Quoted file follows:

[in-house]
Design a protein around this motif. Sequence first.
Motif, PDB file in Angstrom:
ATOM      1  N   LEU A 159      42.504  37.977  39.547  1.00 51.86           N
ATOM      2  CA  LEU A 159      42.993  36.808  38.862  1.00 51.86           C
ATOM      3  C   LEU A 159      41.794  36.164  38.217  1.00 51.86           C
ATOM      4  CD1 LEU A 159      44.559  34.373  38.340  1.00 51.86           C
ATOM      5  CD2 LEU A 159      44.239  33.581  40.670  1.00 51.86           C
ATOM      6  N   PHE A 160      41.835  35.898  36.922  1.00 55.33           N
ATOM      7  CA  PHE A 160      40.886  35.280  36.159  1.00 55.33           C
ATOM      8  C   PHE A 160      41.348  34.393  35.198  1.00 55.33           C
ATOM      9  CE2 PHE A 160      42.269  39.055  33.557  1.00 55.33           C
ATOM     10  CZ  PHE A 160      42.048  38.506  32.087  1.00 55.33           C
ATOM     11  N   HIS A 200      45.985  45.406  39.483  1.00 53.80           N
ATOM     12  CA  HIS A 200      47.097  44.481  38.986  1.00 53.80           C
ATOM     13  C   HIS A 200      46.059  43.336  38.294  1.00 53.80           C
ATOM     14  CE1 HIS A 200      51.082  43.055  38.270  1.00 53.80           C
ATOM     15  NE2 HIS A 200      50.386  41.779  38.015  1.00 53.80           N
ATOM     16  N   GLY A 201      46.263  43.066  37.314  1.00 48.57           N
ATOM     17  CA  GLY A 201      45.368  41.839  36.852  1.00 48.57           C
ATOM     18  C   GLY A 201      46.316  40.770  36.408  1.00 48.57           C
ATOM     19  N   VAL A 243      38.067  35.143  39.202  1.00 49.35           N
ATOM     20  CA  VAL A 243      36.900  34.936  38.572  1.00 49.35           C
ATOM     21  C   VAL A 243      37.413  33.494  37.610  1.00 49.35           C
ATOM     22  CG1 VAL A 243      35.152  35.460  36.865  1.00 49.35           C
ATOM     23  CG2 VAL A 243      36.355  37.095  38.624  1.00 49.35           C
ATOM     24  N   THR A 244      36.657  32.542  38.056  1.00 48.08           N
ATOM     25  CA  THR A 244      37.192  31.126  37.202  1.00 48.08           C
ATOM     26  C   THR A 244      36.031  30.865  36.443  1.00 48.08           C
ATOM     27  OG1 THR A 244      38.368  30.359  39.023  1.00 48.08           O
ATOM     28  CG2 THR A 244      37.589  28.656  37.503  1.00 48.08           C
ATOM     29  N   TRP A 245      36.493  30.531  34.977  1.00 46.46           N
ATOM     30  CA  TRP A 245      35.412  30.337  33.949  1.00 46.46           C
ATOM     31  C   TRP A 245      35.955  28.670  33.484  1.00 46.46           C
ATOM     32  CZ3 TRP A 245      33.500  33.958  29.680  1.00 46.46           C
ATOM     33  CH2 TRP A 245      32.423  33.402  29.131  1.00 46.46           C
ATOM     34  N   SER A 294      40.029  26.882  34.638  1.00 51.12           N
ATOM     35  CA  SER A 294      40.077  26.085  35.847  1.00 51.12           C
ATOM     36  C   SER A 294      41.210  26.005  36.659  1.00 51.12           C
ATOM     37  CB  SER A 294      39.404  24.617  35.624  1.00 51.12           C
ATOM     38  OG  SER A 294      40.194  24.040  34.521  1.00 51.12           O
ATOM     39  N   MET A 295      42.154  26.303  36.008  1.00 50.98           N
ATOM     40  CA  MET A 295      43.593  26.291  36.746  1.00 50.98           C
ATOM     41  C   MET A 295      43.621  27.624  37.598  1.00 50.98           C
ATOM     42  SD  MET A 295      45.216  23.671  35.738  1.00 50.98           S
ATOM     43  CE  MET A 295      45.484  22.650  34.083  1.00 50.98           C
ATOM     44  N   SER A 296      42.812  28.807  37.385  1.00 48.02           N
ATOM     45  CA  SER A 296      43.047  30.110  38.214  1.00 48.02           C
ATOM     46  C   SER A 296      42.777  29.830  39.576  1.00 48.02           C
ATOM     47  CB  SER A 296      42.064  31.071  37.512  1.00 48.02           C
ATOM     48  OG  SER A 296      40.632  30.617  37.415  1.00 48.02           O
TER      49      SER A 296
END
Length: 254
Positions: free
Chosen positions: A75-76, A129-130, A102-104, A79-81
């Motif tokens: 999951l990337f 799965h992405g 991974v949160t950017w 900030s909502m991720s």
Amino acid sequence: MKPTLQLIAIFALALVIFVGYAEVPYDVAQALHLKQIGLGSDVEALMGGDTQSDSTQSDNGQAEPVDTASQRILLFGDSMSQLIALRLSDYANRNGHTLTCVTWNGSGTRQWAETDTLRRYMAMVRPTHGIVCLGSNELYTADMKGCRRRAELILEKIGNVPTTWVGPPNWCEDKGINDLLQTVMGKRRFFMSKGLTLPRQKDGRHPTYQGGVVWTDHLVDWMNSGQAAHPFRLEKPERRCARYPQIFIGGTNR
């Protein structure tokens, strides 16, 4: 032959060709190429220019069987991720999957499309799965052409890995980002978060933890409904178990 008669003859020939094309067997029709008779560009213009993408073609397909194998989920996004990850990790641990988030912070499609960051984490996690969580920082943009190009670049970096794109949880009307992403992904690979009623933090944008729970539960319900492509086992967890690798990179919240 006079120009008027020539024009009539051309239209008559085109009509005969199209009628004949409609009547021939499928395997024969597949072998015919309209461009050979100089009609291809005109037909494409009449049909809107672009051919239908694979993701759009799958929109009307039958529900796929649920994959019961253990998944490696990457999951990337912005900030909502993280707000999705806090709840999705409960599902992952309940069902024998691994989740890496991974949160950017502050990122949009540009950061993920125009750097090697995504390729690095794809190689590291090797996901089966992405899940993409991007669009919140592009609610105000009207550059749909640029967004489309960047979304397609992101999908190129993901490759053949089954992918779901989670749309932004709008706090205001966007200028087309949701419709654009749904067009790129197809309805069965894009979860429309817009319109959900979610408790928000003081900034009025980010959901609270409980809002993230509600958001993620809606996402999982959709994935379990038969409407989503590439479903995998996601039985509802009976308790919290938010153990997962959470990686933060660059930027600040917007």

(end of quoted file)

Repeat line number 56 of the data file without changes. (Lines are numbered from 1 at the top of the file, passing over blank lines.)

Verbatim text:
Chosen positions: A75-76, A129-130, A102-104, A79-81